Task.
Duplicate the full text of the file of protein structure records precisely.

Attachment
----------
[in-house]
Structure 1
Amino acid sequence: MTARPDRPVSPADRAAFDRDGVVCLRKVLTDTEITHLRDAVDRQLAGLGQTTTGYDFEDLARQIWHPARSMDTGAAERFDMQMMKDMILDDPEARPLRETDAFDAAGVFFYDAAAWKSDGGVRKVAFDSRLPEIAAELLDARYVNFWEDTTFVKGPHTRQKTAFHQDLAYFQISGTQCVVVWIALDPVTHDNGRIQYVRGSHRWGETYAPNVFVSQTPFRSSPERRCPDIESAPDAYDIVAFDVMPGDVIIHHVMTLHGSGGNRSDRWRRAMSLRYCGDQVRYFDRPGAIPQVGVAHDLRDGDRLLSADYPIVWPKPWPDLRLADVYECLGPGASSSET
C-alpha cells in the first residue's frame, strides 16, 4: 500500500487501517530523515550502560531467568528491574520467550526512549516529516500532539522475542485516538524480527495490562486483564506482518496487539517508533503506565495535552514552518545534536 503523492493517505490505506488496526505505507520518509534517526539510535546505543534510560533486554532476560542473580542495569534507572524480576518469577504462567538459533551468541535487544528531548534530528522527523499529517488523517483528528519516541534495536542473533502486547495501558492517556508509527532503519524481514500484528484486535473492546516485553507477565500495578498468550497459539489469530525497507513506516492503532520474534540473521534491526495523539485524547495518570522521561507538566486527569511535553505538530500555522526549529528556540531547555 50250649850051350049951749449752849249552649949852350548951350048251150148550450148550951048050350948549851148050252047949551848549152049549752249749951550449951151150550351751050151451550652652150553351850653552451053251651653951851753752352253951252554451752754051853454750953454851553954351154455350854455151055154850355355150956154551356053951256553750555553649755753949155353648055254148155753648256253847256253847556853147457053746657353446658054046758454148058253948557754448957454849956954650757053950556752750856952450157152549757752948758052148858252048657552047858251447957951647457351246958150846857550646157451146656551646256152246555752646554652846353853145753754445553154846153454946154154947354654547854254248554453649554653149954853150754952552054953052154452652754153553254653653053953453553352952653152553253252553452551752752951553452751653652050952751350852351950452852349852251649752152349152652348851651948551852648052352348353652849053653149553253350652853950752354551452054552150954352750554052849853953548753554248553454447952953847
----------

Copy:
[in-house]
Structure 1
Amino acid sequence: MTARPDRPVSPADRAAFDRDGVVCLRKVLTDTEITHLRDAVDRQLAGLGQTTTGYDFEDLARQIWHPARSMDTGAAERFDMQMMKDMILDDPEARPLRETDAFDAAGVFFYDAAAWKSDGGVRKVAFDSRLPEIAAELLDARYVNFWEDTTFVKGPHTRQKTAFHQDLAYFQISGTQCVVVWIALDPVTHDNGRIQYVRGSHRWGETYAPNVFVSQTPFRSSPERRCPDIESAPDAYDIVAFDVMPGDVIIHHVMTLHGSGGNRSDRWRRAMSLRYCGDQVRYFDRPGAIPQVGVAHDLRDGDRLLSADYPIVWPKPWPDLRLADVYECLGPGASSSET
C-alpha cells in the first residue's frame, strides 16, 4: 500500500487501517530523515550502560531467568528491574520467550526512549516529516500532539522475542485516538524480527495490562486483564506482518496487539517508533503506565495535552514552518545534536 503523492493517505490505506488496526505505507520518509534517526539510535546505543534510560533486554532476560542473580542495569534507572524480576518469577504462567538459533551468541535487544528531548534530528522527523499529517488523517483528528519516541534495536542473533502486547495501558492517556508509527532503519524481514500484528484486535473492546516485553507477565500495578498468550497459539489469530525497507513506516492503532520474534540473521534491526495523539485524547495518570522521561507538566486527569511535553505538530500555522526549529528556540531547555 50250649850051350049951749449752849249552649949852350548951350048251150148550450148550951048050350948549851148050252047949551848549152049549752249749951550449951151150550351751050151451550652652150553351850653552451053251651653951851753752352253951252554451752754051853454750953454851553954351154455350854455151055154850355355150956154551356053951256553750555553649755753949155353648055254148155753648256253847256253847556853147457053746657353446658054046758454148058253948557754448957454849956954650757053950556752750856952450157152549757752948758052148858252048657552047858251447957951647457351246958150846857550646157451146656551646256152246555752646554652846353853145753754445553154846153454946154154947354654547854254248554453649554653149954853150754952552054953052154452652754153553254653653053953453553352952653152553253252553452551752752951553452751653652050952751350852351950452852349852251649752152349152652348851651948551852648052352348353652849053653149553253350652853950752354551452054552150954352750554052849853953548753554248553454447952953847